Endl, M.; Kürster, M.

2008-09-01

83

The EXoplanetary Circumstellar Environments and Disk Explorer (EXCEDE)  

NASA Astrophysics Data System (ADS)

We present an overview of the EXoplanetary Circumstellar Environments and Disk Explorer (EXCEDE), selected by NASA for technology development and maturation. EXCEDE will study the formation, evolution and architectures of exoplanetary systems, and characterize circumstellar environments into stellar habitable zones. EXCEDE provides contrast-limited scattered-light detection sensitivities ~ 1000x greater than HST or JWST coronagraphs at a much smaller effective inner working angle (IWA), thus enabling the exploration and characterization of exoplanetary circumstellar disks in currently inaccessible domains. EXCEDE will utilize a laboratory demonstrated high-performance Phase Induced Amplitude Apodized Coronagraph (PIAA-C) integrated with a 70 cm diameter unobscured aperture visible light telescope. The EXCEDE PIAA-C will deliver star-to-disk augmented image contrasts of < 10E-8 and a 1.2 ?/D IWA or 0.14” with a wavefront control system utilizing a 2000-element MEMS DM and fast steering mirror. EXCEDE will provide 0.12” spatial resolution at 0.4 ?m with dust detection sensitivity to levels of a few tens of zodis with two-band imaging polarimetry. EXCEDE is a science-driven technology pathfinder that will advance our understanding of the formation and evolution of exoplanetary systems, placing our solar system in broader astrophysical context, and will demonstrate the high contrast technologies required for larger-scale follow-on and multi-wavelength investigations on the road to finding and characterizing exo-Earths in the years ahead.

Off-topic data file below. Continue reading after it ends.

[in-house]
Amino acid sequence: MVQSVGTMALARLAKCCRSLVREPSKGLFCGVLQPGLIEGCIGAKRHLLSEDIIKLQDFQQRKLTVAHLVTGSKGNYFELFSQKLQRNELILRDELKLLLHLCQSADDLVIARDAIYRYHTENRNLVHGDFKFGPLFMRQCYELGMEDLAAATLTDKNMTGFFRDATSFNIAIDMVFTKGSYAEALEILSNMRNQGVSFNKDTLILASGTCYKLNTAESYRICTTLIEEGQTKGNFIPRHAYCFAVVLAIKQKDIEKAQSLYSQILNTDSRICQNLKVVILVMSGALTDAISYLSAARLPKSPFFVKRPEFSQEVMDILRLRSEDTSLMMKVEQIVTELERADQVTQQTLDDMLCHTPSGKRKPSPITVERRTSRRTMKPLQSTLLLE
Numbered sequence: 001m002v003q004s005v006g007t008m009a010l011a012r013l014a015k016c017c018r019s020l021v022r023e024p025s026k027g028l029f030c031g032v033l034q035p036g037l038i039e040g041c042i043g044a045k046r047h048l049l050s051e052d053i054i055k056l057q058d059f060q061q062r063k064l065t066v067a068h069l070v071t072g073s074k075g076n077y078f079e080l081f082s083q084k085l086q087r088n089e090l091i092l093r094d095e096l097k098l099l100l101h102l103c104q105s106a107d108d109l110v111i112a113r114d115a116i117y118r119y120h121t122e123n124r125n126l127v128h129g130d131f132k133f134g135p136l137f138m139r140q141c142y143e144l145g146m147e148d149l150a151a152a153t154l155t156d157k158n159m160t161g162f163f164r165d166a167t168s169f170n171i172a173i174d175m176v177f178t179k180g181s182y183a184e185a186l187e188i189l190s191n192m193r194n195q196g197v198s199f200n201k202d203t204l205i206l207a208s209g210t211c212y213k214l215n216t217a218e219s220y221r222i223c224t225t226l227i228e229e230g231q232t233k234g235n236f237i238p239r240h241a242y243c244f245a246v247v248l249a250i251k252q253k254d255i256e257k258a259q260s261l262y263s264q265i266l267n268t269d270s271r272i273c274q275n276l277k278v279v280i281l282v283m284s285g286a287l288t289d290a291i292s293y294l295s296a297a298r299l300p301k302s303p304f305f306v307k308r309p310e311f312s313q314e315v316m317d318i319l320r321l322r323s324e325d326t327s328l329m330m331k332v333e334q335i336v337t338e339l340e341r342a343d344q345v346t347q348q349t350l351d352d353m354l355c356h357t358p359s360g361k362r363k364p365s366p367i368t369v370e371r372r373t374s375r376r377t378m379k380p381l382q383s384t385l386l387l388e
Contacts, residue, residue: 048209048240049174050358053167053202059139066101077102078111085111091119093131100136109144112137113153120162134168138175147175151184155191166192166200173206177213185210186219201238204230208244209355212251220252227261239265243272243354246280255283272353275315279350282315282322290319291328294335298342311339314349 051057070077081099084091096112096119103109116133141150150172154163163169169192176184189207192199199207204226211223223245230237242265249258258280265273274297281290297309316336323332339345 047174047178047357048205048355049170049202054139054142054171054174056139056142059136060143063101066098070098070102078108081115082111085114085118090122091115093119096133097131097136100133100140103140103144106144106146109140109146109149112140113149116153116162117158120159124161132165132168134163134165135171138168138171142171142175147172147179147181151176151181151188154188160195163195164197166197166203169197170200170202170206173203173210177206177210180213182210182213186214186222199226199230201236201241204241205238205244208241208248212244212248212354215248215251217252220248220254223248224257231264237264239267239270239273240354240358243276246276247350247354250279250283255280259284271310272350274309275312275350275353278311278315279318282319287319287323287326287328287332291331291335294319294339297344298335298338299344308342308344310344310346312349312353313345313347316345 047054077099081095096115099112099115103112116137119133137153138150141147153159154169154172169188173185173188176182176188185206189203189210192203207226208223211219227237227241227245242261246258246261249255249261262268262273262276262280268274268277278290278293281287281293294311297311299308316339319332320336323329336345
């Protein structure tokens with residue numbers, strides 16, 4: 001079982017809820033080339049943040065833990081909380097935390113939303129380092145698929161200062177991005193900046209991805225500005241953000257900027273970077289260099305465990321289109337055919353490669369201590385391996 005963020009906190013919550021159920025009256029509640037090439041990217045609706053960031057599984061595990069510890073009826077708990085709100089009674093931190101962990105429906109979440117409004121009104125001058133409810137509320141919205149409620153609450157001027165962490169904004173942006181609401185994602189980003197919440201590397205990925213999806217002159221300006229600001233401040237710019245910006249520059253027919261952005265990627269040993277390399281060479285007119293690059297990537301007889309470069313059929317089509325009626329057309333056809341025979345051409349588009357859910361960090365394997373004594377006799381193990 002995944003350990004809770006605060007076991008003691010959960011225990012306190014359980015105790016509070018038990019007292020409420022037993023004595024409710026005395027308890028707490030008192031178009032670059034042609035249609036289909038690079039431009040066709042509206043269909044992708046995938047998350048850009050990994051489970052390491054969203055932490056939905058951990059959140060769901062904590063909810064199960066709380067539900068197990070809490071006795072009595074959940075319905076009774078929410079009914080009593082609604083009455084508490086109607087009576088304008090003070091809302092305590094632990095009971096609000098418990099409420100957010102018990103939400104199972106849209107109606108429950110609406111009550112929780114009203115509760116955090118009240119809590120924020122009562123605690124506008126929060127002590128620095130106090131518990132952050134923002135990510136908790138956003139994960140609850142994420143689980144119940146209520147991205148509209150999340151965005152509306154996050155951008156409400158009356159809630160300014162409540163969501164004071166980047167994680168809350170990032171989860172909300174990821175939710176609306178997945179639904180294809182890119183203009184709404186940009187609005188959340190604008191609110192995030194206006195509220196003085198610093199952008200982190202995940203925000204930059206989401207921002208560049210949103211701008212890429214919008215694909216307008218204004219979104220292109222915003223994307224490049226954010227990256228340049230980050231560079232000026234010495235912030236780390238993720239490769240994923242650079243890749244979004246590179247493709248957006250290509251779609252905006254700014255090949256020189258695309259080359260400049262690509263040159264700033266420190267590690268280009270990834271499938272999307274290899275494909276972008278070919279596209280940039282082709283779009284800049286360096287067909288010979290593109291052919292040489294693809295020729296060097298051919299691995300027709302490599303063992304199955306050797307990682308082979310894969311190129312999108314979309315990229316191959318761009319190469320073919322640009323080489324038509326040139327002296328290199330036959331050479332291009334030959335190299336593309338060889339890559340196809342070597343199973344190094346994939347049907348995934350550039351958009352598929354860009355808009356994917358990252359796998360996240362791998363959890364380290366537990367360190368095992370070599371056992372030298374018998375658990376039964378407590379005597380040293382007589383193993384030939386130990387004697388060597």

Guyon, Olivier; Schneider, Glenn; Belikov, Ruslan; Tenerelli, Domenick J.

2012-09-01

84

Exoplanet detection. Stellar activity masquerading as planets in the habitable zone of the M dwarf Gliese 581.  

PubMed

The M dwarf star Gliese 581 is believed to host four planets, including one (GJ 581d) near the habitable zone that could possibly support liquid water on its surface if it is a rocky planet. The detection of another habitable-zone planet--GJ 581g--is disputed, as its significance depends on the eccentricity assumed for d. Analyzing stellar activity using the H? line, we measure a stellar rotation period of 130 ± 2 days and a correlation for H? modulation with radial velocity. Correcting for activity greatly diminishes the signal of GJ 581d (to 1.5 standard deviations) while significantly boosting the signals of the other known super-Earth planets. GJ 581d does not exist, but is an artifact of stellar activity which, when incompletely corrected, causes the false detection of planet g. PMID:24993348

Robertson, Paul; Mahadevan, Suvrath; Endl, Michael; Roy, Arpita